Leaders on Agricultural Index Insurance in Africa Convene to Share Lessons on Public-private Partnerships

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Increasingly frequent drought in Sub-Saharan Africa and recent successes with agricultural index insurance to protect farmers and pastoralists has sparked interest across the continent to launch and scale quality interventions.   

The Feed the Future AMA Innovation Lab convened insurance leaders from research, government and the private sector to exchange knowledge on effective agricultural index insurance for economic development. The closed-session event, “Agricultural Insurance in Tanzania: Public and Private Sector Roles and Responsibilities,” took place on July 19, 2018 in Dar Es Salaam, Tanzania and was organized at the invitation of the Tanzania Insurance Regulatory Authority (TIRA).

“With about 80 percent of the Tanzania population depending on agricultural activities for their livelihood this kind of conference is paramount,” wrote TIRA commissioner Baghayo Saqware in opening remarks read by TIRA director of market development Adelaida Muganyizi.

Sharing Lessons to Empower Future Leaders

The event was a unique opportunity for insurance leaders from government, donors and the private sector across Africa to spark new or more effective agricultural index insurance interventions. Agricultural index insurance could be a critical tool for promoting resilience in Sub-Saharan Africa, where a constant threat of drought makes and keeps agricultural households poor.

Private sector leaders included Mwombeki Baregu from Financial Sector Deepening Trust, who presented on crop insurance in Tanzania. Hassan Bashir, CEO of Takaful Insurance, presented on his company’s implementation of index insurance in Kenya. Bashir pioneered Index-based Livestock Insurance in Kenya and Ethiopia in a public-private partnership with the International Livestock Research Institute (ILRI) and with support from the AMA Innovation Lab.

“If you target the biggest risk, which is drought, then perhaps you can improve the livelihoods of pastoralists or save their assets,” said Bashir. “This is a risk that needs to be managed though a shared risk approach—public-private partnership.”

Presentations and discussions also included representatives from national efforts on agricultural index insurance. Charles Mukama from the Uganda Ministry of Agriculture, Animal Industry and Fisheries presented on agricultural insurance in Uganda. From the Kenya Ministry of Agriculture, Tom Dienya presented on Kenya’s National Agricultural Insurance Program and Richard Kyuma discussed the Kenya Livestock Insurance Program (KLIP).

“The national and county governments have the responsibility to create an enabling environment,” said Kyuma. “We are currently playing the role of lead for resource mobilization, capacity building, and private sector mobilization – helping to develop the appropriate infrastructure for this kind of product to thrive."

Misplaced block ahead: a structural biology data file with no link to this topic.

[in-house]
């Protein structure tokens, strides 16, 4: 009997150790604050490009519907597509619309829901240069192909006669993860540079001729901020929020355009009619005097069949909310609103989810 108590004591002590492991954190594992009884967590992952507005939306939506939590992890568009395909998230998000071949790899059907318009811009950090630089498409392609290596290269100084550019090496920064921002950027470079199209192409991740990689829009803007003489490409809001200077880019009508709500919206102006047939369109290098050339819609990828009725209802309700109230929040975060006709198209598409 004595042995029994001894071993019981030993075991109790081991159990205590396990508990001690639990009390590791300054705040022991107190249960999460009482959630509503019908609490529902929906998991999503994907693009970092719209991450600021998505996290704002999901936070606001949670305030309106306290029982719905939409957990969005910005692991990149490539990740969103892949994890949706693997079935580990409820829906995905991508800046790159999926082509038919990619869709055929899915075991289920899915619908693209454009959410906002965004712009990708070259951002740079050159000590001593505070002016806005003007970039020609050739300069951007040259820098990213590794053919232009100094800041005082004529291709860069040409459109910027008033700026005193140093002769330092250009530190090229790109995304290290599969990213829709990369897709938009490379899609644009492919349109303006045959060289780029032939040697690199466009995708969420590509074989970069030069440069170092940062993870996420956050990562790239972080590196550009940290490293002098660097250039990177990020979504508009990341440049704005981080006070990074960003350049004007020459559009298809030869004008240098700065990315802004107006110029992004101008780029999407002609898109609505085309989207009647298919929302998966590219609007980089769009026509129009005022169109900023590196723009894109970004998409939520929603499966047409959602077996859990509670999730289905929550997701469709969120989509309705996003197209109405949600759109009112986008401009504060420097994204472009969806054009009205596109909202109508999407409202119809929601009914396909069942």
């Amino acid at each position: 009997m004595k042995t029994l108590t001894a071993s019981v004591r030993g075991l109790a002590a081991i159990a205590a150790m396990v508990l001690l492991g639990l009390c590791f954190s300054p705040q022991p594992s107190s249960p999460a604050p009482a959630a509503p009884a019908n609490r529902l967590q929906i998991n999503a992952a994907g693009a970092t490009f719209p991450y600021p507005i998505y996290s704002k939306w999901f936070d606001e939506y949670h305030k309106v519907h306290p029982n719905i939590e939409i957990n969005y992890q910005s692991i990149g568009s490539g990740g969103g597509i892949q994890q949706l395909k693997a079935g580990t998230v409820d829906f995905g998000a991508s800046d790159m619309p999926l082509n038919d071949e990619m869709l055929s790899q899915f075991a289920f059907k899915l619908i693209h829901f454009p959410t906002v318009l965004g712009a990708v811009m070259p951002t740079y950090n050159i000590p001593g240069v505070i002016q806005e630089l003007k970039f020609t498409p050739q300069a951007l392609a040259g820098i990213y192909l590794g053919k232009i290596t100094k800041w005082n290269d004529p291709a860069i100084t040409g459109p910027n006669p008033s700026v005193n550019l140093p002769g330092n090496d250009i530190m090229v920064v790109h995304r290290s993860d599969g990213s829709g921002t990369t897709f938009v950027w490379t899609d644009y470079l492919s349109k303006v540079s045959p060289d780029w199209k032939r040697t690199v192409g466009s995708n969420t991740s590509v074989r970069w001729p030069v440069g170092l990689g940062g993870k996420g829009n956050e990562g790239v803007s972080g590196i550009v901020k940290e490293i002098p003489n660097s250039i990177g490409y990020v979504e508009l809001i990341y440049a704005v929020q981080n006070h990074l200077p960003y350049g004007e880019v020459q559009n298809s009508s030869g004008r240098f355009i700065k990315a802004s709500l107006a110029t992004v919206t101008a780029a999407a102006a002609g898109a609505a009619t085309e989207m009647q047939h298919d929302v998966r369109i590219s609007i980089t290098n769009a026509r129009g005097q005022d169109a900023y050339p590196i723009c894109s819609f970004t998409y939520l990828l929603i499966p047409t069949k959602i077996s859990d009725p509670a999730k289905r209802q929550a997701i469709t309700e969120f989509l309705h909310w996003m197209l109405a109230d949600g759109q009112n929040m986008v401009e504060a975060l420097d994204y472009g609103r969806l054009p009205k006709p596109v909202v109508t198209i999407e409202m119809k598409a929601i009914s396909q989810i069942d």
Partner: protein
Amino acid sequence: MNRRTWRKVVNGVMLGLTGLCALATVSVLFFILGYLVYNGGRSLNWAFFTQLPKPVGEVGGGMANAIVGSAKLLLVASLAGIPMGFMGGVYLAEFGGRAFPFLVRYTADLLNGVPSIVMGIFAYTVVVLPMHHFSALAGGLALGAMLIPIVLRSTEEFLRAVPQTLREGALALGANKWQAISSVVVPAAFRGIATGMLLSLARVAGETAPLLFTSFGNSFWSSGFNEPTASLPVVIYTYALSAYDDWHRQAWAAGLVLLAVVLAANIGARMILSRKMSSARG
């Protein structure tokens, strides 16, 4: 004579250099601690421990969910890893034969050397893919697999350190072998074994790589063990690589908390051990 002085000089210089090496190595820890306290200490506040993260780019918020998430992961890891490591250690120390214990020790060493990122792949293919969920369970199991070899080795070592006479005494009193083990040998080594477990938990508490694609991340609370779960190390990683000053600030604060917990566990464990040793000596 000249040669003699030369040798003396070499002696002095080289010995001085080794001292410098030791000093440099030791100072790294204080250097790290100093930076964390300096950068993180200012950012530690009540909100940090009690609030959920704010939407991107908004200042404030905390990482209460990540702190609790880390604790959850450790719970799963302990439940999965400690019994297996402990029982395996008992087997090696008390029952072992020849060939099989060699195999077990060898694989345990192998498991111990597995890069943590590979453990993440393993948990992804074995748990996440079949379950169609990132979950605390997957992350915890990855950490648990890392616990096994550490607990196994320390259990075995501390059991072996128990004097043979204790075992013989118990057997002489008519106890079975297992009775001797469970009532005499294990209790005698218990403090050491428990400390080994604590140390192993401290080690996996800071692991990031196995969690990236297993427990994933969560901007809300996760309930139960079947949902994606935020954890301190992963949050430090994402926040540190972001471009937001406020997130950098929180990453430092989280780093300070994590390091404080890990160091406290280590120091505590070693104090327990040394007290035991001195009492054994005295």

Ali Muhammad Katu, general manager at the Ghana Agricultural Insurance Programme (GAIP) discussed some of the implementation challenges he has observed in Ghana.

“Working with partners is essential,” said Katu. They can help teach us to crawl, walk and run, but once the partnerships end we need to make sure we are not still only crawling. We need to teach ourselves how to walk and run.”

Researchers presented on some of the most recent findings on index insurance for development. Duncan Khalai, a market and capacity development specialist at ILRI, summarized key lessons from implementing livestock insurance in Kenya and Ethiopia. Economist Paswel Marenya described CIMMYT’s experience of pairing drought-tolerant maize with index insurance in Tanzania.

Implementing Index Insurance with Quality First

The AMA Innovation Lab’s contribution focused discussion on two ideas. The first was evidence on the potential positive impacts of agricultural index insurance. These include recent findings on promoting greater investments in productivity as well as earlier findings on how index insurance helps households to maintain consumption despite drought.

The second main idea, and one that is equally important, is how to improve the quality of index insurance products worldwide. Index insurance quality is a serious barrier to achieving the technology’s potential for economic development, which can only be reached with high-quality contracts that genuinely protect households.

“People were really interested in the discussions we had about index insurance quality,” said Carter. “For many, this is a first step in helping to establish international quality standards for agricultural index insurance.”

The AMA Innovation Lab has used standard economic and statistical tools to develop an objective measure of index insurance quality that can be used to establish a broadly adopted Minimum Quality Standard (MQS) for index insurance. Ensuring that all agricultural index insurance contracts meet MQS will protect households from contracts that could leave them worse off than having no insurance at all.

Carter said that in Tanzania the quality of index insurance contracts—mainly in how effectively they pay out when an insured farmer a loss—and the cost of those contracts will determine the success of growing markets for agricultural index insurance.

“The challenge is to design fail-safe index insurance contracts and to find the right mix of prudential regulation and public-private partnership to reap the dividends possible from reducing risk,” said Carter.

All presentations and an agenda of the proceedings are available online. The event was an activity of the AMA Innovation Lab’s Index Insurance Innovation Initiative (I4), an AMA Innovation Lab index insurance research and outreach initiative supported by USAID.

Learn more about the event and download presentation slides.


Media contact:

Alex Russell, (530) 752-4798, parussell@ucdavis.edu